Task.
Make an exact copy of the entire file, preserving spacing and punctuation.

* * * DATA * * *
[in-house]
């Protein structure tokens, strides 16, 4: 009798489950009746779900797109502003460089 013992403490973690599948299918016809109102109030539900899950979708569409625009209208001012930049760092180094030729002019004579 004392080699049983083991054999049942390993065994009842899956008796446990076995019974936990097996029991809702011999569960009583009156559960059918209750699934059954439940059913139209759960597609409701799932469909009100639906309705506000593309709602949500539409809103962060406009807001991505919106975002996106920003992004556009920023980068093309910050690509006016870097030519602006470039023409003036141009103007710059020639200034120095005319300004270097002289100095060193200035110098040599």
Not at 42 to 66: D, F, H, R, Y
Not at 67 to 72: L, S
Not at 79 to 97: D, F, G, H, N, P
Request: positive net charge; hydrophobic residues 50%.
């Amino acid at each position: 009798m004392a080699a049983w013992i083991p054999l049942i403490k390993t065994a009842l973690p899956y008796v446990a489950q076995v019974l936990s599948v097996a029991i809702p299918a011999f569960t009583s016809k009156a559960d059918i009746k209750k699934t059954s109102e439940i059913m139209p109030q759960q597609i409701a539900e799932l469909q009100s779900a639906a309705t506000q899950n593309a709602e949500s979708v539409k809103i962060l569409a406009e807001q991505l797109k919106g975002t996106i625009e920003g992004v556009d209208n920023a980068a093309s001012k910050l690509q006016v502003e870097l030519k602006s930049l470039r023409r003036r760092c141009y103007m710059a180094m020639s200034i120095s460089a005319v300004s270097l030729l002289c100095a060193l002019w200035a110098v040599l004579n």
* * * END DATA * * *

[in-house]
């Protein structure tokens, strides 16, 4: 009798489950009746779900797109502003460089 013992403490973690599948299918016809109102109030539900899950979708569409625009209208001012930049760092180094030729002019004579 004392080699049983083991054999049942390993065994009842899956008796446990076995019974936990097996029991809702011999569960009583009156559960059918209750699934059954439940059913139209759960597609409701799932469909009100639906309705506000593309709602949500539409809103962060406009807001991505919106975002996106920003992004556009920023980068093309910050690509006016870097030519602006470039023409003036141009103007710059020639200034120095005319300004270097002289100095060193200035110098040599």
Not at 42 to 66: D, F, H, R, Y
Not at 67 to 72: L, S
Not at 79 to 97: D, F, G, H, N, P
Request: positive net charge; hydrophobic residues 50%.
């Amino acid at each position: 009798m004392a080699a049983w013992i083991p054999l049942i403490k390993t065994a009842l973690p899956y008796v446990a489950q076995v019974l936990s599948v097996a029991i809702p299918a011999f569960t009583s016809k009156a559960d059918i009746k209750k699934t059954s109102e439940i059913m139209p109030q759960q597609i409701a539900e799932l469909q009100s779900a639906a309705t506000q899950n593309a709602e949500s979708v539409k809103i962060l569409a406009e807001q991505l797109k919106g975002t996106i625009e920003g992004v556009d209208n920023a980068a093309s001012k910050l690509q006016v502003e870097l030519k602006s930049l470039r023409r003036r760092c141009y103007m710059a180094m020639s200034i120095s460089a005319v300004s270097l030729l002289c100095a060193l002019w200035a110098v040599l004579n």